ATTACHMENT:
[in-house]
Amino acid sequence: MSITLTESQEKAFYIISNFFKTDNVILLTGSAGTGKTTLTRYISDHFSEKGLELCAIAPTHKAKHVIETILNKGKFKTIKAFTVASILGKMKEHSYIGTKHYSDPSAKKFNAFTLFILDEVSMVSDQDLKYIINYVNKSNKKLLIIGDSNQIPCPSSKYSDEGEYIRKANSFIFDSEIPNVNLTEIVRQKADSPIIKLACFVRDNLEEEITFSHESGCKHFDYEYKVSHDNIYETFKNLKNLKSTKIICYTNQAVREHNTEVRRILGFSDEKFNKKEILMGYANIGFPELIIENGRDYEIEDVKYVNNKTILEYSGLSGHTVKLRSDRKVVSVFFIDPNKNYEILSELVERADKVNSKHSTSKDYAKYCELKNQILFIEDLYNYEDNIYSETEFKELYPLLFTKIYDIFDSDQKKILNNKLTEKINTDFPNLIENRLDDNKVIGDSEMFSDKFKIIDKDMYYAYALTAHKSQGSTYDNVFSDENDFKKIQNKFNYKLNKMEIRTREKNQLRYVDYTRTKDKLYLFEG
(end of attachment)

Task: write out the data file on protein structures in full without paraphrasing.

[in-house]
Amino acid sequence: MSITLTESQEKAFYIISNFFKTDNVILLTGSAGTGKTTLTRYISDHFSEKGLELCAIAPTHKAKHVIETILNKGKFKTIKAFTVASILGKMKEHSYIGTKHYSDPSAKKFNAFTLFILDEVSMVSDQDLKYIINYVNKSNKKLLIIGDSNQIPCPSSKYSDEGEYIRKANSFIFDSEIPNVNLTEIVRQKADSPIIKLACFVRDNLEEEITFSHESGCKHFDYEYKVSHDNIYETFKNLKNLKSTKIICYTNQAVREHNTEVRRILGFSDEKFNKKEILMGYANIGFPELIIENGRDYEIEDVKYVNNKTILEYSGLSGHTVKLRSDRKVVSVFFIDPNKNYEILSELVERADKVNSKHSTSKDYAKYCELKNQILFIEDLYNYEDNIYSETEFKELYPLLFTKIYDIFDSDQKKILNNKLTEKINTDFPNLIENRLDDNKVIGDSEMFSDKFKIIDKDMYYAYALTAHKSQGSTYDNVFSDENDFKKIQNKFNYKLNKMEIRTREKNQLRYVDYTRTKDKLYLFEG